Fire and Forests, East of the Cascade Divide

web_flyer2Oyez Roslyn! and the Roslyn Library are pleased to co-host an evening with photographer John Marshall.  Sponsored by Humanities Washington.

Thursday, April 17th, at 7pm at the Roslyn Library, Roslyn.  Join us!

Photographer John Marshall will lead a discussion on the past philosophies and future policies regarding forest fire management in Eastern Washington. Lightning strikes and Native Americans historically ignited many small fires, resulting in open forests with a rich mosaic of wildlife habitats. As Europeans settled the area, many began to argue for the vigilant prevention of wildfires. For half a century, the U.S. Forest Service battled all fires and invented Smokey Bear, a character that spread the discredited notion that all fire is bad. Now fires are larger and hotter as forests have grown into living tinderboxes. All of Eastern Washington’s vulnerable forests will inevitably burn. The question for us is: How do we want them to burn?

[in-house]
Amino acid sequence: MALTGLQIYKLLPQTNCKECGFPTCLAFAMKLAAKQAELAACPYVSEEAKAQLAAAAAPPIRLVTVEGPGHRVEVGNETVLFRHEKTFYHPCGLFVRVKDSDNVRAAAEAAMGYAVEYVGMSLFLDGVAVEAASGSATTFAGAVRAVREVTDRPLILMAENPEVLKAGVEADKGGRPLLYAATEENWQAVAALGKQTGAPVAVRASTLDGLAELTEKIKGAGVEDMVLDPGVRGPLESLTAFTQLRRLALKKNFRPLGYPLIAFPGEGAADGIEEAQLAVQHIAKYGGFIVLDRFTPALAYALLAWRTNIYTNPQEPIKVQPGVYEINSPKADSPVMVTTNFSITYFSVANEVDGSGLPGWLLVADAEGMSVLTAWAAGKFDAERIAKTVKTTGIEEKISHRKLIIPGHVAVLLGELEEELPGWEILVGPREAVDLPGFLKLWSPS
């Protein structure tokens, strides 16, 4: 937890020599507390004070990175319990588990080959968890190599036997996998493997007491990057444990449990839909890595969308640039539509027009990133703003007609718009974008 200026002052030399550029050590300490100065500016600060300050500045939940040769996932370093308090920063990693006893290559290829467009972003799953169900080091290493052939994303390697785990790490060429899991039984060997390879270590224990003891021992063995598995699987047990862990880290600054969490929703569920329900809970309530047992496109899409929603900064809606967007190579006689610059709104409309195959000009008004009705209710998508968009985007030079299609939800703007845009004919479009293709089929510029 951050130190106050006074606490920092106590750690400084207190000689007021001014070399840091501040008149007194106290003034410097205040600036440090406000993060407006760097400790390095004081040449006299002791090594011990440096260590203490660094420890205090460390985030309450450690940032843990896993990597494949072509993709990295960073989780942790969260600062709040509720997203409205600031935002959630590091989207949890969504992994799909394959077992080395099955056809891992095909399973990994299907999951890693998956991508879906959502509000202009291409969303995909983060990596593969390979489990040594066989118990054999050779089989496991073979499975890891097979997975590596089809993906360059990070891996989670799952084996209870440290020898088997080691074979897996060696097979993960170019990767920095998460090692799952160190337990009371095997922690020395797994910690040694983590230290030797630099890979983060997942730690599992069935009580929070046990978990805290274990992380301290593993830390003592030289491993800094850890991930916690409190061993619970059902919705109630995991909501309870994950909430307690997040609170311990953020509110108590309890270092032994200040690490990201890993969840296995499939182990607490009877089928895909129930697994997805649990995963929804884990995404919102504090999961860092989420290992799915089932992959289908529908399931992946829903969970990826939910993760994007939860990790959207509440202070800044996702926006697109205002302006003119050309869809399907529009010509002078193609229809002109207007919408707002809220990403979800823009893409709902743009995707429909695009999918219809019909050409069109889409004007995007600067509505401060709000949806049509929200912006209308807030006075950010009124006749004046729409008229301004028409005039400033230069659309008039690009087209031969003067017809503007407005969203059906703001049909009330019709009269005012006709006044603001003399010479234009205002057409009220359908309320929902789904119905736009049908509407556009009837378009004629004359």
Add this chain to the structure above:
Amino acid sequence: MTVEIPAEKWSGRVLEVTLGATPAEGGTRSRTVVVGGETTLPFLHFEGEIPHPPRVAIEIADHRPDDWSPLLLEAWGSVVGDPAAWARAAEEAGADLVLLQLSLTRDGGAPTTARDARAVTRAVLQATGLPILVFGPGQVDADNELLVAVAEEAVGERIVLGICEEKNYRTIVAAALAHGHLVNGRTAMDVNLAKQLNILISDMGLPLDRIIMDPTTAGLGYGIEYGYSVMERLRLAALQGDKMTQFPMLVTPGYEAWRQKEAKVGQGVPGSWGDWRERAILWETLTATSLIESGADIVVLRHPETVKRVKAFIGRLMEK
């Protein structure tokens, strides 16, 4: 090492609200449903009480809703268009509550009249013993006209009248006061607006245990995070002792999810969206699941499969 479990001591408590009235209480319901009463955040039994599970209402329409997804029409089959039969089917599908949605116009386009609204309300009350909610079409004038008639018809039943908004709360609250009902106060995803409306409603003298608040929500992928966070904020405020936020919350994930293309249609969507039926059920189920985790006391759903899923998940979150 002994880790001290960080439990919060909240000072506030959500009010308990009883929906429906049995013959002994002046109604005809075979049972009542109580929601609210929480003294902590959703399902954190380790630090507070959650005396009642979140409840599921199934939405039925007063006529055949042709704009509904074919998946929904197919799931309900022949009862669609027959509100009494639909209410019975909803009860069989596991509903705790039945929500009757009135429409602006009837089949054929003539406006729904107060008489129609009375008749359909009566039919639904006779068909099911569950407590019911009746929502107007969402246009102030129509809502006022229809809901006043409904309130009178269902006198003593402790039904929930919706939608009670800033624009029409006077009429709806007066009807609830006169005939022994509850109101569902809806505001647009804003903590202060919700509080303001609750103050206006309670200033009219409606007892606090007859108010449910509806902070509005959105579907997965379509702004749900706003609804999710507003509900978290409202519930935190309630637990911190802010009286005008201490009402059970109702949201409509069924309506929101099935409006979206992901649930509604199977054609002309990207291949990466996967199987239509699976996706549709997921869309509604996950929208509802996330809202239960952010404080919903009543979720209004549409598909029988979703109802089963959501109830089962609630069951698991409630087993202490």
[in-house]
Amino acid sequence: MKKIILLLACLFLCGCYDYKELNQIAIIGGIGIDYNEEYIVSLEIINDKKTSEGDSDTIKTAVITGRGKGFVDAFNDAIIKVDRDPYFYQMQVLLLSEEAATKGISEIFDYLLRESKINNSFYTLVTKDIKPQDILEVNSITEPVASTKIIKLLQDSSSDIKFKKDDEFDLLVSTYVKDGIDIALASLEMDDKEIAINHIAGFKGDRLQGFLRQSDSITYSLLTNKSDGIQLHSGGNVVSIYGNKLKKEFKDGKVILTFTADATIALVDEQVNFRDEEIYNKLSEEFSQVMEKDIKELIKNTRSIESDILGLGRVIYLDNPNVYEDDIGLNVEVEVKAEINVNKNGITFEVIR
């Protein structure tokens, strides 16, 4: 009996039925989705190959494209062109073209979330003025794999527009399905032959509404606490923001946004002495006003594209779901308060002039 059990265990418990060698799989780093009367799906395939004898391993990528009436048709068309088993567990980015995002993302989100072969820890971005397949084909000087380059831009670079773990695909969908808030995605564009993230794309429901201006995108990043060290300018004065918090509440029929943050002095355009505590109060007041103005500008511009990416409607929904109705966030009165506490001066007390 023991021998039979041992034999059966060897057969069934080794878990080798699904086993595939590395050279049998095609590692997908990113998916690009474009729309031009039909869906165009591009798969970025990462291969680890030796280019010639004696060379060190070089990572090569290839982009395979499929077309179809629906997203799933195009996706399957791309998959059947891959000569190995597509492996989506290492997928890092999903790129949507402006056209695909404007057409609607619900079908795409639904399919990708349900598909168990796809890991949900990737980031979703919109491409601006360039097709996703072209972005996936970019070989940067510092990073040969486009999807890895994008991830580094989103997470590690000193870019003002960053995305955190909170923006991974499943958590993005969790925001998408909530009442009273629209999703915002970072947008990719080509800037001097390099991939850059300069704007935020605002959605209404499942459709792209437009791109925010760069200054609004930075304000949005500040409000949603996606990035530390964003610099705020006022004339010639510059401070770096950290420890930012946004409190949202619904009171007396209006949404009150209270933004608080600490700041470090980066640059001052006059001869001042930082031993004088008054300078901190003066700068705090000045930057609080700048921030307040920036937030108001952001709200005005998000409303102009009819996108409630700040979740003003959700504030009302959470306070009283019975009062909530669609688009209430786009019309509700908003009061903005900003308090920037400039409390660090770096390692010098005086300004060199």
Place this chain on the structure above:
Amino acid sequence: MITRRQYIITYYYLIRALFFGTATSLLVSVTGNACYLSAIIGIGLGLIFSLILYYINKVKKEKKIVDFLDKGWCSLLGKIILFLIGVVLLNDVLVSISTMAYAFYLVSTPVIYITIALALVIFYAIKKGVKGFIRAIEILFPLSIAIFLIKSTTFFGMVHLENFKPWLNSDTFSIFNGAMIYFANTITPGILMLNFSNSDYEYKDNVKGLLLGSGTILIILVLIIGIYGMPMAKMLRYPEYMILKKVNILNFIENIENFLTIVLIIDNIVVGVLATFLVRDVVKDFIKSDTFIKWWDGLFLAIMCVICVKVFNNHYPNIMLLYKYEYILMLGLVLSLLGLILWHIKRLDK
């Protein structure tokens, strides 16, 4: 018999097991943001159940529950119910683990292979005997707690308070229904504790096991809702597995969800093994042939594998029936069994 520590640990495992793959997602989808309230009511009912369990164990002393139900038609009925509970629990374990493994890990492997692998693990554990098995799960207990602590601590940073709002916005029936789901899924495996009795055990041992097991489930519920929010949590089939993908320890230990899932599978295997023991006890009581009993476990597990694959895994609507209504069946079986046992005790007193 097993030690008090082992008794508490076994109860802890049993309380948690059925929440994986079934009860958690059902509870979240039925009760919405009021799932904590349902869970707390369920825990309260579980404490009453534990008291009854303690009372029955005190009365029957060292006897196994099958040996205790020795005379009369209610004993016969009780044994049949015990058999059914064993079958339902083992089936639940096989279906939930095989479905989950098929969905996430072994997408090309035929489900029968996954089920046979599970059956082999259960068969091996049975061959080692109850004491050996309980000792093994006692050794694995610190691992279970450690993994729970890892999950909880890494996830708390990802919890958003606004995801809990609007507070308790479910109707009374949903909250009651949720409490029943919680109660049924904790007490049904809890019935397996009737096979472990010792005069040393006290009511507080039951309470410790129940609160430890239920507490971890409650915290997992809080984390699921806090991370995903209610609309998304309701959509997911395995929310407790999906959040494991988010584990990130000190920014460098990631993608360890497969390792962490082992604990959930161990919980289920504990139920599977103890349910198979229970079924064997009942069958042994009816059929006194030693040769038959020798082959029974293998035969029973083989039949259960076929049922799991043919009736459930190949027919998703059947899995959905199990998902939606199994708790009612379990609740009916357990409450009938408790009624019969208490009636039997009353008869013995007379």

About John Marshall

In 1994, John Marshall began an extensive photographic landscape study to follow what happens to forests following fires, an endeavor that will continue until at least 2014. Marshall’s interest in forest fires began in childhood while picking huckleberries at old burn sites on Mt. Hood. The son of a wildlife biologist, he came to understand at an early age that wildfires were important to wildlife in the same era Smoky Bear was telling the public that fires were bad. Marshall has a bachelor’s in fishery science from Oregon State University and a master’s in wildlife resources from the University of Idaho. Marshall began his career as a photographer with the eruption of Mt. St. Helens, which he photographed for National Geographic magazine. His recent work having to do with fire ecology is supported by the U.S. Forest Service.

Marshall currently lives in Wenatchee.